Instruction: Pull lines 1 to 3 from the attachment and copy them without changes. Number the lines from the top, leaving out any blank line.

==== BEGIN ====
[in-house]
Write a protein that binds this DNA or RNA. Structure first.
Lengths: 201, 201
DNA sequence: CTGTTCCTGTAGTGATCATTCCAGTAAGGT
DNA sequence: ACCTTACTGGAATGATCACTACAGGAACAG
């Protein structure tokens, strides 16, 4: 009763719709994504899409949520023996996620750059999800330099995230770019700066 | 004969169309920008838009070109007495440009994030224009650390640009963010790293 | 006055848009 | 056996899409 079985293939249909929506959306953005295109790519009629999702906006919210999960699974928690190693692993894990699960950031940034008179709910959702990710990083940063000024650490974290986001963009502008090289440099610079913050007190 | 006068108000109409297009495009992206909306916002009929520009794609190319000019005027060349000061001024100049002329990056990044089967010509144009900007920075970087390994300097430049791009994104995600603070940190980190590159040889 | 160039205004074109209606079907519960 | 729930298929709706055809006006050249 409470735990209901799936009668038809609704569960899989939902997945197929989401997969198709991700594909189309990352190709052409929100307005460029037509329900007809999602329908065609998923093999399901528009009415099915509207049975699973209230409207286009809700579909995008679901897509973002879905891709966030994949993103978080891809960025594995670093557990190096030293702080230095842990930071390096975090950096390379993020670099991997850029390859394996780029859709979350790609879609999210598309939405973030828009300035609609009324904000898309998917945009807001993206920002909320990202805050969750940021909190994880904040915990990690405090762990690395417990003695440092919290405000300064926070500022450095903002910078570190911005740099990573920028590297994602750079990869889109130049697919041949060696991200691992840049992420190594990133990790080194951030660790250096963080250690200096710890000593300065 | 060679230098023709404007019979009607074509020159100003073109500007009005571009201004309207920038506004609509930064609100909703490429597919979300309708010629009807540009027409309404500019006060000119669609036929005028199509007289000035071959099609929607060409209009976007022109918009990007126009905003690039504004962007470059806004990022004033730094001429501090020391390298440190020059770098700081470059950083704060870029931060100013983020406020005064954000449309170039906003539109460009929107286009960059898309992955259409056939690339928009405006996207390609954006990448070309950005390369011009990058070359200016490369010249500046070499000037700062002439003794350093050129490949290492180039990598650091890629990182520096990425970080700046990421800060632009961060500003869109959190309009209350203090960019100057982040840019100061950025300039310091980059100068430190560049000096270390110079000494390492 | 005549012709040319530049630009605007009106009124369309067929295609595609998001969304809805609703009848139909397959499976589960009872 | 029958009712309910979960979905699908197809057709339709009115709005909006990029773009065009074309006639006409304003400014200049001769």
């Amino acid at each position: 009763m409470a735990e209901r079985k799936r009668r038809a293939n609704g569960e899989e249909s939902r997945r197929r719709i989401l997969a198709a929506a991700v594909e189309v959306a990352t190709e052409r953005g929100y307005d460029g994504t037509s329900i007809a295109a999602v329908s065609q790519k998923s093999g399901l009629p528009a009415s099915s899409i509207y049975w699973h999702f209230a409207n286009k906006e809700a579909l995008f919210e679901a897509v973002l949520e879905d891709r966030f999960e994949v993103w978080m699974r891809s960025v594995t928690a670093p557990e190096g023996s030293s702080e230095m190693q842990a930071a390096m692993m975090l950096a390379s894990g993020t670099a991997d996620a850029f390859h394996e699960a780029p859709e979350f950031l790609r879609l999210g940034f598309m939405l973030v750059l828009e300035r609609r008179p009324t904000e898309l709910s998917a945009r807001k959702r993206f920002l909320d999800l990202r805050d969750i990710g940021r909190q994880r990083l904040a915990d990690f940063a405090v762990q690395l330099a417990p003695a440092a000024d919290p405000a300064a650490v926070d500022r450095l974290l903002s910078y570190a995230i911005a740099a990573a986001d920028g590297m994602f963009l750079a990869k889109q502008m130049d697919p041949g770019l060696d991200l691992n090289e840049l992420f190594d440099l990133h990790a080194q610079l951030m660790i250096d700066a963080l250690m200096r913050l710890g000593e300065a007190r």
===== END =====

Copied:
[in-house]
Write a protein that binds this DNA or RNA. Structure first.
Lengths: 201, 201